Palestinians Fear Coronavirus Surge as Workers Return to West Bank From Israel Over Passover

Palestinian prime minister says about 45,000 workers are expected to return, and they will not be allowed back into Israel during the coronavirus crisis

Jack Khoury
Hagar Shezaf
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Workers having their temperature taken before entering a construction site, Tel Aviv, March 30, 2020
Workers having their temperature taken before entering a construction site, Tel Aviv, March 30, 2020Credit: Ofer Vaknin
Jack Khoury
Hagar Shezaf

The Palestinian Authority is bracing for a return of tens of thousands of workers over Passover, amid fears they may add to the incidence of coronavirus infection in the West Bank.

Palestinian Prime Minister Mohammad Shtayyeh said on Friday that the next two weeks would be critical with regard to the virus’ spread, citing the anticipated return of some 45,000 workers from Israel over Passover.

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Haaretz Weekly Ep. 72

None of those returning to the West Bank will be permitted to resume work in Israel afterwards, and Israel is worried about a possible labor shortage as a result.

Shtayyeh has strongly urged Israeli authorities to test the workers for the coronavirus before they return to the West Bank. But while many would be heading through official crossings, those without valid permits may seek to return via bypass routes, reducing their likelihood of being tested.

A Palestinian Authority medical source told Haaretz that the authority lacks enough coronavirus testing kits to accommodate such a large number of people, which is why there are hopes that Israel will carry out these tests.

The PA may isolate or quarantine workers returning from Israel for 14 days, and has set aside some hotels and other locations as quarantine sites.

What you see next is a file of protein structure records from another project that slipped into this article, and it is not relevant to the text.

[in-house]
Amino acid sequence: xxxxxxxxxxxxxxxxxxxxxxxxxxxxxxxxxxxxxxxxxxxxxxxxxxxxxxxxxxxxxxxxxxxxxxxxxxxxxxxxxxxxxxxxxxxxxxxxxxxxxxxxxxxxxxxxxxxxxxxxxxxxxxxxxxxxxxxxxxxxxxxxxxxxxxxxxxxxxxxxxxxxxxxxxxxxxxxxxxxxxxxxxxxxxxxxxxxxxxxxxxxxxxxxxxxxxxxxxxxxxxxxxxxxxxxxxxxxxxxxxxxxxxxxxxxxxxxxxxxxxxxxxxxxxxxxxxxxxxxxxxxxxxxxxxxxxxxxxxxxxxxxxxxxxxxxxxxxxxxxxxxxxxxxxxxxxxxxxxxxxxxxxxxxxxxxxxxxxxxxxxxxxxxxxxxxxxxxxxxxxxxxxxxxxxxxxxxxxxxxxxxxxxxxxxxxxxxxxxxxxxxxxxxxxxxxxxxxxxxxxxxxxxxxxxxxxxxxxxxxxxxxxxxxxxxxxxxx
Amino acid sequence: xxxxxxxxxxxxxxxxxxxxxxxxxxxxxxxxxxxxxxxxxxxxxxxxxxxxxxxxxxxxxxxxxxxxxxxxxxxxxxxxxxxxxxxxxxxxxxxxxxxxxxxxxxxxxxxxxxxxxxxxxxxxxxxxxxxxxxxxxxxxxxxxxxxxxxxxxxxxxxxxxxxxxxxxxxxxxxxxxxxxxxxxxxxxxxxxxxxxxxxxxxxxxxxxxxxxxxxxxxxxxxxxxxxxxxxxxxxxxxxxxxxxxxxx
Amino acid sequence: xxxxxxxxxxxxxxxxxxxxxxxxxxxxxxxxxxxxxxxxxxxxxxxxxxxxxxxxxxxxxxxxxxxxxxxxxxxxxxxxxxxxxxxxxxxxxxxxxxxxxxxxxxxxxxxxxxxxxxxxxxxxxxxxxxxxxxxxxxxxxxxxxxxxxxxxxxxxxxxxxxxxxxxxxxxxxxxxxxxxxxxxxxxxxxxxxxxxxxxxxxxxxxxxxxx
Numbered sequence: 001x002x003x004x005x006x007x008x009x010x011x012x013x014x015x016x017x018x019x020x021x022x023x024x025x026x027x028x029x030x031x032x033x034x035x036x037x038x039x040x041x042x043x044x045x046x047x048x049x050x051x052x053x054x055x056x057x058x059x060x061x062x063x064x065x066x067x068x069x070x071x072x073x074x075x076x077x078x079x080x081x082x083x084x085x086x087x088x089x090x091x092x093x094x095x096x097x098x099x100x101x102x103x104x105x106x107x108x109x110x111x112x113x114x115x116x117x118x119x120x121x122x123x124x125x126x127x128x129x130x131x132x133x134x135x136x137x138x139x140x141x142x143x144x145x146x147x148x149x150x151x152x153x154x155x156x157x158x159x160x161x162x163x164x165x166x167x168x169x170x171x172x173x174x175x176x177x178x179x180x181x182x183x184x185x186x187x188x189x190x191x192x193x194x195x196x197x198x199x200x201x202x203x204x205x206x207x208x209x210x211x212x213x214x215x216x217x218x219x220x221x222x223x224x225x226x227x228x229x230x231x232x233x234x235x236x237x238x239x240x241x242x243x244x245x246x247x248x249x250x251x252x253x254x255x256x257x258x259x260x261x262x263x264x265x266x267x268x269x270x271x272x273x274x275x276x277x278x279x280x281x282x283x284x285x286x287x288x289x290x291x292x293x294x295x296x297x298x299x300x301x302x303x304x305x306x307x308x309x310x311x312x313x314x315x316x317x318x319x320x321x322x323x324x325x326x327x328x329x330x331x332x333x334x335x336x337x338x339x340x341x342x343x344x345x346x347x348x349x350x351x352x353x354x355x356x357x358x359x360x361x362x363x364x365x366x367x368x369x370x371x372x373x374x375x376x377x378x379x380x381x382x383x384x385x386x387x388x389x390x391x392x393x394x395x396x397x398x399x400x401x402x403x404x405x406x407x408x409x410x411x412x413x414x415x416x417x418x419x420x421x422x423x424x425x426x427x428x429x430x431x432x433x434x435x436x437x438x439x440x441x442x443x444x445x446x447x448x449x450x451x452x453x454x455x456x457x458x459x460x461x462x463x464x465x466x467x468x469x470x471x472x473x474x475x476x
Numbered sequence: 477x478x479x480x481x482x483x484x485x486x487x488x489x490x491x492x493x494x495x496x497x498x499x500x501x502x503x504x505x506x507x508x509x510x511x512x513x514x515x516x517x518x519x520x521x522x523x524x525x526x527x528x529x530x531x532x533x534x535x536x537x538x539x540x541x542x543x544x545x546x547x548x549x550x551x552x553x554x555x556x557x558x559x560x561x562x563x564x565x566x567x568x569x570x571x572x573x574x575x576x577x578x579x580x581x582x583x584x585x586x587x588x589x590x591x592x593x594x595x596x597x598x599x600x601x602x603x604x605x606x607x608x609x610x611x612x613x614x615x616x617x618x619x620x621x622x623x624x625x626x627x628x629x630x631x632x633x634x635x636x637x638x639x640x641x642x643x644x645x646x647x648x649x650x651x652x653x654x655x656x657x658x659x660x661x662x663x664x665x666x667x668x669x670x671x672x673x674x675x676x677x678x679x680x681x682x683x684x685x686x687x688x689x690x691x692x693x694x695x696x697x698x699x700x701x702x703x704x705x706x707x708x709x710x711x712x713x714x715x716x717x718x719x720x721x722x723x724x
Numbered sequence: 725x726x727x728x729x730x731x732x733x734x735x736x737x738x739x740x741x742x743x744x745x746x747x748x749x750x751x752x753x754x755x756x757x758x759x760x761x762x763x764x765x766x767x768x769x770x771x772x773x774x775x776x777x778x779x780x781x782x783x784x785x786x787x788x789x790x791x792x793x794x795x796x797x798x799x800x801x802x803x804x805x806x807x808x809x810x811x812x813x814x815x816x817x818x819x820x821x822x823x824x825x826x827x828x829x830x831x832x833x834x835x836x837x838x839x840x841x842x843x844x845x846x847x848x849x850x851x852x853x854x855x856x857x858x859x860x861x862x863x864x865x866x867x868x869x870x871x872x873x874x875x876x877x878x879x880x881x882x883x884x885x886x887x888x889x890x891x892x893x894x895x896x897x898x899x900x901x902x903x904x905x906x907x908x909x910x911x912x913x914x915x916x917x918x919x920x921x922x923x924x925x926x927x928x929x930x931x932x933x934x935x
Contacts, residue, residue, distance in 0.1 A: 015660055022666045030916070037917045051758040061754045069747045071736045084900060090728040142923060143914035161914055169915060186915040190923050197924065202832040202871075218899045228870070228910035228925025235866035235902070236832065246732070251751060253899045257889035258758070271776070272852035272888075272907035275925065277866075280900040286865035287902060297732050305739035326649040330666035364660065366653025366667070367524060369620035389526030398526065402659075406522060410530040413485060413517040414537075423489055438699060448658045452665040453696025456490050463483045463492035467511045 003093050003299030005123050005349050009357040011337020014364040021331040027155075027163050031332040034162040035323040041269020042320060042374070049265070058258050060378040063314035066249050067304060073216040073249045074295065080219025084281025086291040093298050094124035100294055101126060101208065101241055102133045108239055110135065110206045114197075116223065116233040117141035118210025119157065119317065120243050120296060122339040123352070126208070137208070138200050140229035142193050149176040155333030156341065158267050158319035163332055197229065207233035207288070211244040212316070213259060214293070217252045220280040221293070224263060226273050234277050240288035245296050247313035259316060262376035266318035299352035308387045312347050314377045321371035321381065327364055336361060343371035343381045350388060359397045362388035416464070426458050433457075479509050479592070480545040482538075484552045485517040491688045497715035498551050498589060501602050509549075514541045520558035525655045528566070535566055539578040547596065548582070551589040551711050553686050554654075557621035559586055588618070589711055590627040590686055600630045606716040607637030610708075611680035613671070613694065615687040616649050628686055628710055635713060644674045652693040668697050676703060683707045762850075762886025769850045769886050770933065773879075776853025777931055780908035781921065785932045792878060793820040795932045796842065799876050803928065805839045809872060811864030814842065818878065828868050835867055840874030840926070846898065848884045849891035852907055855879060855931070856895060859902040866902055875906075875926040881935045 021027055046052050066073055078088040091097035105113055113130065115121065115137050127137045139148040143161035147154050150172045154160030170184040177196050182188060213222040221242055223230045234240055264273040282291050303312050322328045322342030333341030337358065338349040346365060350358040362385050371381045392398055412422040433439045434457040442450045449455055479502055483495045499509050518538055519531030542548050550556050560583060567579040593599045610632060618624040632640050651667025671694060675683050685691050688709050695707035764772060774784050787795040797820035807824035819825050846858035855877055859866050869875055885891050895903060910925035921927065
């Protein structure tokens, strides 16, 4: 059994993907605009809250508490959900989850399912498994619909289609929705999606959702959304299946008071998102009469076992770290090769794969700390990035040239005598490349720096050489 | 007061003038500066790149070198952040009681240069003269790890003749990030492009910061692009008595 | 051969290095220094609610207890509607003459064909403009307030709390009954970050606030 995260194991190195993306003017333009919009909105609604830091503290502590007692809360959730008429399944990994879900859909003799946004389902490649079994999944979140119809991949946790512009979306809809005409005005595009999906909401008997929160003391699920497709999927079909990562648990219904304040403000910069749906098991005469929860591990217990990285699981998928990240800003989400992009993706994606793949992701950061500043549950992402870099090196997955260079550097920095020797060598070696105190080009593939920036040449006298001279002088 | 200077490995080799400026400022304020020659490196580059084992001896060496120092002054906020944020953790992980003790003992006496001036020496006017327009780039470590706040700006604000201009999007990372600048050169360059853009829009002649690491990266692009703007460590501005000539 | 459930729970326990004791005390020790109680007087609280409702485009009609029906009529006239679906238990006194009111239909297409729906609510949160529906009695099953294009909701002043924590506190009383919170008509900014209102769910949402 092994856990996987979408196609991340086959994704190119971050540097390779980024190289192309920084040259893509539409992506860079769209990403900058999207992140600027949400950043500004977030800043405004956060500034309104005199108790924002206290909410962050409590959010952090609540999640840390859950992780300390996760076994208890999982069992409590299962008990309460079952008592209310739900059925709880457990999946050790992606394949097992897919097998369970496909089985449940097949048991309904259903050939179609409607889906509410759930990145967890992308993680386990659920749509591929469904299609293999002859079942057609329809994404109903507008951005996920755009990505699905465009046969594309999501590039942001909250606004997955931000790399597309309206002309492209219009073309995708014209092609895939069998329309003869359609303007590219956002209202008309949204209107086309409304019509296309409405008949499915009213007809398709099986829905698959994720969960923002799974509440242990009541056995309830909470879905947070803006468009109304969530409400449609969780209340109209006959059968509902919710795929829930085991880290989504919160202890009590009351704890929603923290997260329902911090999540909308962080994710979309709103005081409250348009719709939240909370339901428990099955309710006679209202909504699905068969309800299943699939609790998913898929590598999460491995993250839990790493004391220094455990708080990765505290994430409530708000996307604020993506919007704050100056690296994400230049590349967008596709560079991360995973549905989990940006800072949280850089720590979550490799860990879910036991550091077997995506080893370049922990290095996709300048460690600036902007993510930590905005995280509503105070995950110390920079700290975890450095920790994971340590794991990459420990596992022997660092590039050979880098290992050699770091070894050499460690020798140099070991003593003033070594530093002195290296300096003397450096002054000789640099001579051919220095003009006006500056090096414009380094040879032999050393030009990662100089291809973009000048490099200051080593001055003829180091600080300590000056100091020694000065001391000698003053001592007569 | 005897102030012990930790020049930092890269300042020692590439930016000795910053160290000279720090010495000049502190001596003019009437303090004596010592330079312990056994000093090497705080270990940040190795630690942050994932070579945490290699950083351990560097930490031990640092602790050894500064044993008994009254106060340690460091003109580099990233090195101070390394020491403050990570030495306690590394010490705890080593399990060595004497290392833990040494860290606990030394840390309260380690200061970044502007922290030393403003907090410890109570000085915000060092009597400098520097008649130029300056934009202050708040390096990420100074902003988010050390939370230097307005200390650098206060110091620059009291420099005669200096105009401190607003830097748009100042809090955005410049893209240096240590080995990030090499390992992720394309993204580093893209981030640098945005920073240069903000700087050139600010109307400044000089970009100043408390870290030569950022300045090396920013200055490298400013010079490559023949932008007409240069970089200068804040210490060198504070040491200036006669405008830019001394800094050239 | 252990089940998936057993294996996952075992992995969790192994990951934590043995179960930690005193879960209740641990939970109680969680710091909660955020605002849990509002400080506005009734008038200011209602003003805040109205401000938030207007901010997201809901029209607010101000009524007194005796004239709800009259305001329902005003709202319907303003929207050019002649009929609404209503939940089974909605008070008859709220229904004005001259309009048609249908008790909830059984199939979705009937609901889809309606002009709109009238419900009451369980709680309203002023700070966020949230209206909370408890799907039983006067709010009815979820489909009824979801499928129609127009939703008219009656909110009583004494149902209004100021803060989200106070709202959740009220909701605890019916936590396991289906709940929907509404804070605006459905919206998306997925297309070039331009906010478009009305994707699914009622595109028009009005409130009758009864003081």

Shtayyeh said they are speaking with Israel to regulate the workers’ return. But Israel fears a mass exit by workers ahead of the holiday would hurt certain sectors of the economy, particularly construction. Prior to the spread of the virus, 24 percent of workers in the Israel’s building industry were Palestinian.

Last month Israel's Defense Ministry said that Palestinians interested in working inside Israel must agree not to go back to the West Bank for weeks at a time to avoid a further spread of coronavirus infection. Workers who opt to return home will not be permitted back into Israel for the duration of the decree's enforcement.

The PA says that most of those who have tested positive for the coronavirus in the past week are workers who caught the virus in the Atarot settlement. Most of them were employed by a factory preparing slaughtered chicken for consumption.

Of the 500 people employed there, 41 tested positive for coronavirus and another 250 were put into isolation. The health ministry has since found that none of these 250 workers contracted the coronavirus.

The Palestinian Health Ministry said 18 additional cases of the virus were confirmed in the West Bank on Saturday, with their total number of cases reaching 204. Meanwhile, 12 other cases were diagnosed in Gaza.

Among the newest cases are two children aged 11 and 15, who caught the virus from their father, the Palestinian ministry said. The most recent cases were diagnosed in Beituniya, El Bireh and Katana, north of Jerusalem, as well as in the Tulkarm refugee camp and the Halhoul region near Hebron. The ministry said that a large number of those infected were men who worked in Israel, some of them in a food factory in the Lod area.

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